The process may help parties such as importers, customs officials and retailers trace globally traded seafood back to its source.
Traceability of aquacultured shrimp depends on records from farmers and processing plants. There is no objective way of verifying such records leaving opportunities for mislabeling and fraud, said scientists.
The study, by WWF researchers, Auburn University and Ocean University of China, looked at farmed Pacific white shrimp (Litopenaeus vannamei).
Researchers said it is likely that 100% accuracy could be achieved with a larger database.
Goal of farm origin
Aaron McNevin, director of sustainable food at WWF, said elemental profiling is one step closer to the goal of farm origin.
“Traceability allowing consumers to know where their shrimp came from largely isn’t possible in the mainstream markets today. Without knowing where a product is coming from, it is impossible to determine if the environment at a farm is being compromised or if workers are being mistreated.”
The US imported 567,551 tons of shrimp valued at $6.7bn during 2014 from 39 countries, according to the National Oceanic and Atmospheric Administration (NOAA).
A total of 23 elements, including essential macro- and micro-nutrients and non-essential trace elements, in headless shell on shrimp (HLSO) samples were analyzed by inductively coupled plasma atomic emission spectrometry (ICP-AES).
It was not possible to definitively determine which elements are the best descriptors for each region.
Thirty shrimp samples each for India and Vietnam and 60 for Thailand were collected on a single date between May and August 2016.
Sodium (Na) ranged from 2,849 to 5,946 mg kg
The ranges for trace elements was greater with the concentration of iron ranging from 0 to 178 mg kg
Explorative principal component analysis (PCA) was done to reduce dimension and interpret the data. Stepwise discriminant analysis (SDA) was used to select variables that contributed the most to discrimination between groups.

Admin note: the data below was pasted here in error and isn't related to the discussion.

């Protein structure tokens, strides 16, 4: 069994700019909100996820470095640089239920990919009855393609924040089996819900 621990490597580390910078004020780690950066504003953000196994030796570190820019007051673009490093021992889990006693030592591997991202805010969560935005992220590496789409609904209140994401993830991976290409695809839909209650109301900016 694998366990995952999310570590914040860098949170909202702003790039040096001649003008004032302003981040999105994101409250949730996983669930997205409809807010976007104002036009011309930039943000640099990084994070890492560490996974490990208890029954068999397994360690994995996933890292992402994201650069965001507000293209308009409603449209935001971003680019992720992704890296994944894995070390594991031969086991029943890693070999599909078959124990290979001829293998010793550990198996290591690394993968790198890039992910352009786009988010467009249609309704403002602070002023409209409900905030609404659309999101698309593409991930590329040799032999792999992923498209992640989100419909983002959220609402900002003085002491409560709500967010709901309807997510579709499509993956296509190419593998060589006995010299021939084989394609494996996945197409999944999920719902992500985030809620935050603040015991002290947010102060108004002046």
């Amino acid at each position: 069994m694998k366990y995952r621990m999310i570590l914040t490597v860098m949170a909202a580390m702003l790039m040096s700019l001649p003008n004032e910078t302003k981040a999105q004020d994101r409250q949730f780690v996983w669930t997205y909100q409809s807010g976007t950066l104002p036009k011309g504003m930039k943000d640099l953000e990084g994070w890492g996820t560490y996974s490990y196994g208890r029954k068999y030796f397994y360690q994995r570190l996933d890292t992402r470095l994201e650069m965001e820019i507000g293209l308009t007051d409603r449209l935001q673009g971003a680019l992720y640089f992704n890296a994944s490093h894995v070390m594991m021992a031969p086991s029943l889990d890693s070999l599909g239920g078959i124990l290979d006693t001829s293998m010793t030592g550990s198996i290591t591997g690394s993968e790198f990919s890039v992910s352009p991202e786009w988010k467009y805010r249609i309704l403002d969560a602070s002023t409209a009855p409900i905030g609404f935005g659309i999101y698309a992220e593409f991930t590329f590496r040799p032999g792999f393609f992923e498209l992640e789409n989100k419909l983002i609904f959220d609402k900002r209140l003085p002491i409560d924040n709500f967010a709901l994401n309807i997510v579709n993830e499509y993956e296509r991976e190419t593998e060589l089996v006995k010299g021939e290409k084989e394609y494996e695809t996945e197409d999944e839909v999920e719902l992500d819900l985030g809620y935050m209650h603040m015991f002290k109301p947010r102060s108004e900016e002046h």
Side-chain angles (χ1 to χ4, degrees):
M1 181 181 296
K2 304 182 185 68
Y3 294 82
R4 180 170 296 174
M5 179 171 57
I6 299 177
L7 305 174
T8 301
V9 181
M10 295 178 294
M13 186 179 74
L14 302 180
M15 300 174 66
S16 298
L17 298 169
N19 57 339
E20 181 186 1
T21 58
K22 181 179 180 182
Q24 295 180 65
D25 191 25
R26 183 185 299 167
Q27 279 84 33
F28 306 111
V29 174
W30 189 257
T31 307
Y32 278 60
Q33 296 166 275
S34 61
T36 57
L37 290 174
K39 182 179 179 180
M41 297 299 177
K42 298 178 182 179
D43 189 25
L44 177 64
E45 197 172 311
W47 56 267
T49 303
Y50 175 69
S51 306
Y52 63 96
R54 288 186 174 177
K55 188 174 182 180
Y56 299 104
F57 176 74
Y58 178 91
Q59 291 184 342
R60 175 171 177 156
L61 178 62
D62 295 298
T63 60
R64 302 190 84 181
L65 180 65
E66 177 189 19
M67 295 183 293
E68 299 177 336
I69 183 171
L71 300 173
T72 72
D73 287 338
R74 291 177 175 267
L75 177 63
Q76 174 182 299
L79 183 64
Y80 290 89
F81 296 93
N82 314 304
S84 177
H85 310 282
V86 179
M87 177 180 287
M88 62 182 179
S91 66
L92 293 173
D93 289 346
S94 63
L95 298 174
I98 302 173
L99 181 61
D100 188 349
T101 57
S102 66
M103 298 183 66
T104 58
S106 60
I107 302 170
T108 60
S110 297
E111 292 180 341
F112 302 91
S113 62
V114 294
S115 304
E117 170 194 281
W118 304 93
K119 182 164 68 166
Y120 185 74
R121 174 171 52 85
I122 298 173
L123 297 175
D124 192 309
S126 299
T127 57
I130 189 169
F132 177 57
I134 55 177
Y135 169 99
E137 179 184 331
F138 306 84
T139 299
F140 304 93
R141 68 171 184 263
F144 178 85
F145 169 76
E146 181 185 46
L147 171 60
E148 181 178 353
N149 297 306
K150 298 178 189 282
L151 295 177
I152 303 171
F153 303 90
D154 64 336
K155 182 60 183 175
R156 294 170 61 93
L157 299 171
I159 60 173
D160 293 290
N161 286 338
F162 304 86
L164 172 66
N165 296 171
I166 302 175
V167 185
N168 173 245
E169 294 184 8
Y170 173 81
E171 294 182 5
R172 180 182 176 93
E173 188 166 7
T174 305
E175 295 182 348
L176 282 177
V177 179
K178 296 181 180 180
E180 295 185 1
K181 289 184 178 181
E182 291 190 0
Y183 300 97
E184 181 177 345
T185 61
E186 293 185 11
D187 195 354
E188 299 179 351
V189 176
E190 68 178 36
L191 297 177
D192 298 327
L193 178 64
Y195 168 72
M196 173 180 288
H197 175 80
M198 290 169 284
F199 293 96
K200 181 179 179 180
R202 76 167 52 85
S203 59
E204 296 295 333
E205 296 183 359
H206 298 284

Less accurate than country-level comparison
Elemental profiling was tested as a way of differentiating shrimp produced to area of origin for two areas in Thailand, three provinces in Vietnam and India.
“The separation of shrimp among two production areas in Thailand and three areas in Vietnam was much less accurate (83.3–88.3%). But, the database was obviously less than for the country-level comparisons,” said the researchers.
“We suspect that elemental profiling might be effective in separating shrimp from distinct areas in a given country if more data were available.”
Claude Boyd, professor of Aquaculture and Aquatic Sciences at Auburn University, said it has done elemental profiling in the southeastern US and it worked well for catfish and shrimp so the logical choice was to expand to major farming countries.
“This research demonstrated that we also have some ability to differentiate shrimp from provinces and states in countries, albeit not to the same level of confidence as the country.”
“Assessment of elemental profiling for distinguishing geographic origin of aquacultured shrimp from India, Thailand and Vietnam”
Authors: Li Li, Claude E. Boyd, Phoebe Racine, Aaron A. McNevin, Benjaporn Somridhivej, Hang Ngo Minh, Huynh Quoc Tinh, Ravibabu Godumala